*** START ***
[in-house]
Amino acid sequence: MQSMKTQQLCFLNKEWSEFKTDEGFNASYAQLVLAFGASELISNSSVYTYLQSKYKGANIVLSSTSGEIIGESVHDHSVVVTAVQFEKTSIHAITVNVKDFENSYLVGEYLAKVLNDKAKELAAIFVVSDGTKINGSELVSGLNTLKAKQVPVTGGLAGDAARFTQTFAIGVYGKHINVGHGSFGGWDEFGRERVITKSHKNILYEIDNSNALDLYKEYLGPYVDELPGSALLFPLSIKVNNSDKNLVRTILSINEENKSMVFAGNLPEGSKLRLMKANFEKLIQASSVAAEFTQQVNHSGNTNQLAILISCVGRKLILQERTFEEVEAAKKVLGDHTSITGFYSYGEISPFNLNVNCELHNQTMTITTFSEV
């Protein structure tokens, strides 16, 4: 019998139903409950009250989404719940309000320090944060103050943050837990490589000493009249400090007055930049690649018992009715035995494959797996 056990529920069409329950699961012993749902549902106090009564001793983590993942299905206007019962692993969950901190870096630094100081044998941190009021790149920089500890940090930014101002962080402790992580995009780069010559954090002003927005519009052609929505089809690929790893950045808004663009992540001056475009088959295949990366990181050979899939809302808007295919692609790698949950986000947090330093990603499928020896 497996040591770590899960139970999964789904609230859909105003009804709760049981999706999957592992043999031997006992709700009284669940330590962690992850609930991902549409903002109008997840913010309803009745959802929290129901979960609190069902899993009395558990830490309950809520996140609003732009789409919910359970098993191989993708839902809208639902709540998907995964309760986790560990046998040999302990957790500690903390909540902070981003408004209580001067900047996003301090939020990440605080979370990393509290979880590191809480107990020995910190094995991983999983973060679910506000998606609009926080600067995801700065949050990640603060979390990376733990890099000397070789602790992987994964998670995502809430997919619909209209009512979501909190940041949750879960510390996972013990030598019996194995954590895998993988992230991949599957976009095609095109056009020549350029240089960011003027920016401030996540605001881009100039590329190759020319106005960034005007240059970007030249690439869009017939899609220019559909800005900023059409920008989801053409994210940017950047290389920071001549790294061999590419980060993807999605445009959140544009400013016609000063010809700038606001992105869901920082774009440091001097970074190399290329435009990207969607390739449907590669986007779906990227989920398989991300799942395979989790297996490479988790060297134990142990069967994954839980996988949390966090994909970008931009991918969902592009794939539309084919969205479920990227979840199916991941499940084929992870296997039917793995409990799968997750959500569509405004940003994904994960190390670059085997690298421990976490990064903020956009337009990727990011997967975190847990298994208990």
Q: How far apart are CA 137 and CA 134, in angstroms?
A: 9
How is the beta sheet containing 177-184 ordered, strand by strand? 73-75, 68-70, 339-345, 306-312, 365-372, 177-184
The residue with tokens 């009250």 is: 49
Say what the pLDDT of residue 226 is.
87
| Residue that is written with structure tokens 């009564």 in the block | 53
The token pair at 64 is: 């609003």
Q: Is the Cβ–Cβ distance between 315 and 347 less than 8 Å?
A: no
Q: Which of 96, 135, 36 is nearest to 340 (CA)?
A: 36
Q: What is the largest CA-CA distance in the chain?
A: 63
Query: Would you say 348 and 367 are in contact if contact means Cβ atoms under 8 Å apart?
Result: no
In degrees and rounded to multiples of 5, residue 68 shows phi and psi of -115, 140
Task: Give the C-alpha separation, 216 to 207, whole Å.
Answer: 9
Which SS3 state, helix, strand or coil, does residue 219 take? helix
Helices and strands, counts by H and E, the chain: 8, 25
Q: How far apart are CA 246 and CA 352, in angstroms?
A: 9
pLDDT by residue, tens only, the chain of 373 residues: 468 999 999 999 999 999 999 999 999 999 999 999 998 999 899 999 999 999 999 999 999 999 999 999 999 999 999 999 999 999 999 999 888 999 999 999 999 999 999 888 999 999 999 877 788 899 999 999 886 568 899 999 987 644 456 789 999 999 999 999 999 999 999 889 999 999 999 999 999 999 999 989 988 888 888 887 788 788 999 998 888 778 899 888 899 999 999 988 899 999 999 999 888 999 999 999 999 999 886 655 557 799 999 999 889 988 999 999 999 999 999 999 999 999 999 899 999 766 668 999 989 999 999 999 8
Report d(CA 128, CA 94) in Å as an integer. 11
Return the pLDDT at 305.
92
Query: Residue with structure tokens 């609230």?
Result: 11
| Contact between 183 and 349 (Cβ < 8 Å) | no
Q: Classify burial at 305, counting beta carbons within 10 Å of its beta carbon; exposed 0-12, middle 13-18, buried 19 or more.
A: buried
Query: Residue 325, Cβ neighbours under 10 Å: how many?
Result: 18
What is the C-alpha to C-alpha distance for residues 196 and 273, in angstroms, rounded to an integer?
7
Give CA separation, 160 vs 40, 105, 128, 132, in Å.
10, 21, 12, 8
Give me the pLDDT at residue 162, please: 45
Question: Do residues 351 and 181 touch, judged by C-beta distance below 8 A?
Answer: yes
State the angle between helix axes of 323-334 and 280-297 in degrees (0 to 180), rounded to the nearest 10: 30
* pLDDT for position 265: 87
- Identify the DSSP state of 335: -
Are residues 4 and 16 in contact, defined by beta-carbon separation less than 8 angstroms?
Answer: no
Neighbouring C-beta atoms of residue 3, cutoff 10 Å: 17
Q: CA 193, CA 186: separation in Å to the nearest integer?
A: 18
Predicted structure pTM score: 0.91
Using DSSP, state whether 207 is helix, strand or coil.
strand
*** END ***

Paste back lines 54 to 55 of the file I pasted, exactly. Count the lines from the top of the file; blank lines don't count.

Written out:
Using DSSP, state whether 207 is helix, strand or coil.
strand